A collaborative project to teach about South Africa’s ‘unfinished business’ through the creation of innovative decolonial artistic interventions, podcasts, and establishing a digital platform that allows global participation, dissemination and digital archiving.
The Project “Unfinished Business: Disruptive Narratives of South Africa’s Abusive Past” is intended to promote and support critical engagement with the fault-lines in the implementation of transitional justice in South Africa. The project has three key aims: (1) creating renewed dialogue and learning about unresolved historic violence and injustice in South Africa, (2) promoting collaboration between scholars, activists and artists and (3) devising relevant and accessible educational material.
Haroon Gunn-Salie’s lawn installation is located near the gallows of the historic Castle of Good Hope, Central Cape Town. Crying for Hope: the installation features 118 excavated grave sites, whereby 117 graves symbolise the activists killed under detention of apartheid security forces. The last grave signifies those who have yet to be identified. Justice: when viewed from above, the site spells out the word ‘Justice’ to reify the continued struggle for truth, justice, and accountability in post-apartheid South Africa.
Project aims and objectives:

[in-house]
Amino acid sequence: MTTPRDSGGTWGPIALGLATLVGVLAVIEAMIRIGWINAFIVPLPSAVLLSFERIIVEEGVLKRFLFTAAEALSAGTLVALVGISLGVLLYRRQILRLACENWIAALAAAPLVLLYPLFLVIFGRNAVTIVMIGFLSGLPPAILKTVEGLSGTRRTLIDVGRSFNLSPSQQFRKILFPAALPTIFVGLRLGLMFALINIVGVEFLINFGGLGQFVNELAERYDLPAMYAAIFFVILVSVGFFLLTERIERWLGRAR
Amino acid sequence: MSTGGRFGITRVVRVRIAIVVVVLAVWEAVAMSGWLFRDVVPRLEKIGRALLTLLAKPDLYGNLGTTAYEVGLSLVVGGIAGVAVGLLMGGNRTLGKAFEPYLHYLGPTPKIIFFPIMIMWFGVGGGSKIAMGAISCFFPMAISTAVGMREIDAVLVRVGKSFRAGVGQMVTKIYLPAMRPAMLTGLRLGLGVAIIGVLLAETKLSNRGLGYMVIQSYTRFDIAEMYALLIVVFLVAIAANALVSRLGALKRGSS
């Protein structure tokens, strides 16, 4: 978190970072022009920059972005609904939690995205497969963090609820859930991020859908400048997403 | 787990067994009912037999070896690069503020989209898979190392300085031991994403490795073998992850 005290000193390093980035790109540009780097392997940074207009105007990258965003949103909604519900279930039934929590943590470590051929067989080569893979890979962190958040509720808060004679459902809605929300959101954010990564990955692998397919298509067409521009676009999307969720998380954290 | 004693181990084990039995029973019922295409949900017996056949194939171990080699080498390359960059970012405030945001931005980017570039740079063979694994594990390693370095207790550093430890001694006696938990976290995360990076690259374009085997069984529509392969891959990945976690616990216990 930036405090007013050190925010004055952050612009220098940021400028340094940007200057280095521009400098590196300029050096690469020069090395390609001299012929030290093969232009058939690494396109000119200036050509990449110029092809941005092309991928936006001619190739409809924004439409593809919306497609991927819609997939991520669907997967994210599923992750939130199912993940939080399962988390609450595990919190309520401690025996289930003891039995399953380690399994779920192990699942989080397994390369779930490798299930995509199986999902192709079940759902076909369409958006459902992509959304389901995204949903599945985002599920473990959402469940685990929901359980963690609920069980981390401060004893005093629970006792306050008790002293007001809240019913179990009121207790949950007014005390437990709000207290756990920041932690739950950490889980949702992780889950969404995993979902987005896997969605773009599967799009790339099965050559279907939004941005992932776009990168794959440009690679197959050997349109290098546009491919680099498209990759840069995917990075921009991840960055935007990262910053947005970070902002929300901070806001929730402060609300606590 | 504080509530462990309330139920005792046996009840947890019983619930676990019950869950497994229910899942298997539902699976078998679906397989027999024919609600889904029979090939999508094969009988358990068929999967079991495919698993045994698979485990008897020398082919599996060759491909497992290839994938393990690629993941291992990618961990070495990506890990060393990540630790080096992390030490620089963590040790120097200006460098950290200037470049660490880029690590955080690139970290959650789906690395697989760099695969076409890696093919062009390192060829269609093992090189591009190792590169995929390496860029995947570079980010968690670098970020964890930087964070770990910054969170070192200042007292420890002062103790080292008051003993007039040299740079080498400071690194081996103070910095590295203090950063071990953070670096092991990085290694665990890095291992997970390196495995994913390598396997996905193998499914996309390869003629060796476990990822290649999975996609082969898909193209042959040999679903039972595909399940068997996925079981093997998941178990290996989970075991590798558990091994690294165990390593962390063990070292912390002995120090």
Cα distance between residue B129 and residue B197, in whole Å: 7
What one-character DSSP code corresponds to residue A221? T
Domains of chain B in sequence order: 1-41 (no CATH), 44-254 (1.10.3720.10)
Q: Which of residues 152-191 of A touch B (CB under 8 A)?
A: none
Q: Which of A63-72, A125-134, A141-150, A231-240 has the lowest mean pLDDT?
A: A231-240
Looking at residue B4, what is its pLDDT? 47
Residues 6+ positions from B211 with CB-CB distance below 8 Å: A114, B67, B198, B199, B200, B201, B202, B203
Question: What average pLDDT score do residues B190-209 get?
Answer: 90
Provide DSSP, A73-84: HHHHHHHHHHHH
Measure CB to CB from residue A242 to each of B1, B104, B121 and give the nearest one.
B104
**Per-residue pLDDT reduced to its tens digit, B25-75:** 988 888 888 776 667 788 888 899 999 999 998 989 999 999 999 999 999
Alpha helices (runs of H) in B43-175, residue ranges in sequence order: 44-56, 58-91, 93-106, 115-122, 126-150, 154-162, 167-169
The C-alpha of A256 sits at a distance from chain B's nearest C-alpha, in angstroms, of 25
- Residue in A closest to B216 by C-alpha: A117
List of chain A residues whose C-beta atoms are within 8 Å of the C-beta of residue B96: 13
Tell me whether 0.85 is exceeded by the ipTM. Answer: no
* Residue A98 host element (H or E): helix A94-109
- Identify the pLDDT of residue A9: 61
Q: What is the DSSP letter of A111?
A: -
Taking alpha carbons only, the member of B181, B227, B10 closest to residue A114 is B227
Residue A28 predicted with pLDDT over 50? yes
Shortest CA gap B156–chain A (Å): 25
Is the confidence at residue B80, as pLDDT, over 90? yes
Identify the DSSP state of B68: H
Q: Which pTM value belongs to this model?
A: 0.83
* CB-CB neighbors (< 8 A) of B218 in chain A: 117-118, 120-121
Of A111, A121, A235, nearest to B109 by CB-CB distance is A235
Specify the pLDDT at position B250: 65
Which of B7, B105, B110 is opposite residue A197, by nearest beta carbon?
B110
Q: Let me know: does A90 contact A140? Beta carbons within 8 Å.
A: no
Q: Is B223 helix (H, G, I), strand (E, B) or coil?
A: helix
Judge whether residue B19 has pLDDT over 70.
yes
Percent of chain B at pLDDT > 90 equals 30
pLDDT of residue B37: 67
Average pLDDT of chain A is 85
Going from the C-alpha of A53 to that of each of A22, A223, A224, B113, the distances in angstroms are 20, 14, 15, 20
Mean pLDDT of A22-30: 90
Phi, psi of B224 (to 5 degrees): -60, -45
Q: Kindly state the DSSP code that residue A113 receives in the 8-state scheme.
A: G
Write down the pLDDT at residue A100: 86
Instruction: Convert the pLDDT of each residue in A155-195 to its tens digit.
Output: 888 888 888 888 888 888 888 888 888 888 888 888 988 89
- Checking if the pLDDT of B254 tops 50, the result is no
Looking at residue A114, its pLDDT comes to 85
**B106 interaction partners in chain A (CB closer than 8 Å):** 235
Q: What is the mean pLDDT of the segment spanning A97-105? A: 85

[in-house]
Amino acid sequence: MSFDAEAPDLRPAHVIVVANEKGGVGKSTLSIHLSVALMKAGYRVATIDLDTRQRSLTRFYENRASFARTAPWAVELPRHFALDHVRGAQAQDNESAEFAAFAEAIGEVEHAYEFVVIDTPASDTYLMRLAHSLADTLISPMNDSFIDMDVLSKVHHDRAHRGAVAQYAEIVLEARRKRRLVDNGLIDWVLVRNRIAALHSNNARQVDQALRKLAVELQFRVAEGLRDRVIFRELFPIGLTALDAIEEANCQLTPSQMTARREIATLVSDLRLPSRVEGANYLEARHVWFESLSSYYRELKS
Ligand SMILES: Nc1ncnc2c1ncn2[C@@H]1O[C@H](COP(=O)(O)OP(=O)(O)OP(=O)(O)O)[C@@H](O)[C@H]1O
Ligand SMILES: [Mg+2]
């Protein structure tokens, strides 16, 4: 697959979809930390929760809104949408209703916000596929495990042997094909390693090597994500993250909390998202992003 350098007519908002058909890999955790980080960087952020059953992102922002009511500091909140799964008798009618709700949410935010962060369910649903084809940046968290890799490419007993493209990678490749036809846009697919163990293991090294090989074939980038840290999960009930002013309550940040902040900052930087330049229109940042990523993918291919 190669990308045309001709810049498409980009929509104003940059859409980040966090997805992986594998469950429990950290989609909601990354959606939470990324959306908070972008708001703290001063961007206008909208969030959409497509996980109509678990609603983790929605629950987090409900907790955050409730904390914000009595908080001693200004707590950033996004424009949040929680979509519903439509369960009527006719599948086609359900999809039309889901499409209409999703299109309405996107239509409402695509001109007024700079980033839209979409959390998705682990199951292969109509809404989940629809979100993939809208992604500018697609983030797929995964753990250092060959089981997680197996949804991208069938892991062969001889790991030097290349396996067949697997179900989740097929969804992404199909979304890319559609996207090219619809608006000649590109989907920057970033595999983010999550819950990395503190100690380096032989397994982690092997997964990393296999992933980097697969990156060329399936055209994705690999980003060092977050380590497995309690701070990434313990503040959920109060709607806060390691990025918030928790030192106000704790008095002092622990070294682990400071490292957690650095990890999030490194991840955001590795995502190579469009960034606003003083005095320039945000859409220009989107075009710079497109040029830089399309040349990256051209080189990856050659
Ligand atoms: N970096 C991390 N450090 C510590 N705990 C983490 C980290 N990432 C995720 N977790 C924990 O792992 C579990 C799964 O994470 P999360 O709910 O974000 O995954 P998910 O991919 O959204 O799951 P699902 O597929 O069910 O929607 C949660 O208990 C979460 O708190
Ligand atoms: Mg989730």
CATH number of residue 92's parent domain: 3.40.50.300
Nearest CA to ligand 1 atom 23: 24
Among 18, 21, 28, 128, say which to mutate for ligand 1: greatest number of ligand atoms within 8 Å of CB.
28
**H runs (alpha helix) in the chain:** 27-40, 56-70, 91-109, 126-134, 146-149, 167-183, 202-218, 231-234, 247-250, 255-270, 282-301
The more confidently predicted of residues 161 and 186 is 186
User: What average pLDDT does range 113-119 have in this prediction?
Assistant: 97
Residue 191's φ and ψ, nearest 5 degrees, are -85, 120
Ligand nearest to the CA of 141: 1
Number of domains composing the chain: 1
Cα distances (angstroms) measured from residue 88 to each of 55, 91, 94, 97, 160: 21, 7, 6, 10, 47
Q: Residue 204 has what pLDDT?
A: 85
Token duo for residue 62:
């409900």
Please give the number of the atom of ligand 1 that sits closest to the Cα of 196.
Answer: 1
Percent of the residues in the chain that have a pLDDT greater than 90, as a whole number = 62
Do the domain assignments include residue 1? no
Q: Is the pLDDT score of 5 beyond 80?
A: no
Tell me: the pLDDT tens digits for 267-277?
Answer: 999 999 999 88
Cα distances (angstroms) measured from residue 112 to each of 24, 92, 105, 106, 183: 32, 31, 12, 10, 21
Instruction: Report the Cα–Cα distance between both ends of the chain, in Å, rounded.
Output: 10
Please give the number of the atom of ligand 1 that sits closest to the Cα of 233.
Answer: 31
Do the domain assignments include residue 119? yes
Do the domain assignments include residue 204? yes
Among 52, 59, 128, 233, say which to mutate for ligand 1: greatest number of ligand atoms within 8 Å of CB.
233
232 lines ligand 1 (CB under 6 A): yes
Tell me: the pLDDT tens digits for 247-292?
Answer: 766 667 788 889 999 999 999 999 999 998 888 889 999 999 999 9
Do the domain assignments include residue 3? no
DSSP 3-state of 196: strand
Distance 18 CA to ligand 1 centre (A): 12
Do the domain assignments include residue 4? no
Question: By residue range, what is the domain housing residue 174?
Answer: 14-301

- To challenge the silences and biases in South Africa’s public space;
- Through an artistic installation bring discussions about bias in commemorative practice to a broad audience of memory makers and citizens with diverse background;
- To make explicit links between histories of violence and contemporary legacies of violence in an educational series focussed on South Africa’s unfinished transition;
- To provide (physical) national and (digital) international spaces of dialogue about the need for diversity and inclusion in remembering South Africa’s past.
Project methodologies and outputs:
- Collaboration between researchers (Dr Helen Scanlon), artists (Haroon Gunn-Salie and Andre Trantraal), and museums (the Castle of Good Hope) in producing timely and locally relevant counter-narratives;
- Innovative decolonial artistic interventions in South Africa (installation at the Castle by Gunn-Salie; animation by Andre Trantraal and four podcasts on South Africa’s “unfinished business”);
- Establishing a digital platform that allows for global participation, dissemination and digital archiving.
“The ‘Unfinished Business’ Series is a creative amalgamation of various intervention tools aimed at challenging the multiple lacunae’s left in the wake of South Africa’s transitional justice processes. In revisiting and unpacking topical transitional justice issues surrounding criminal accountability, youth, reparations, performative art and queering transitional justice; this project aims at bringing underrepresented historic violence and narratives to the fore in order to challenge and re-imagine a largely untransformed public memory scape.”
Carl Capitaine, Research Coordinator & Podcast Host.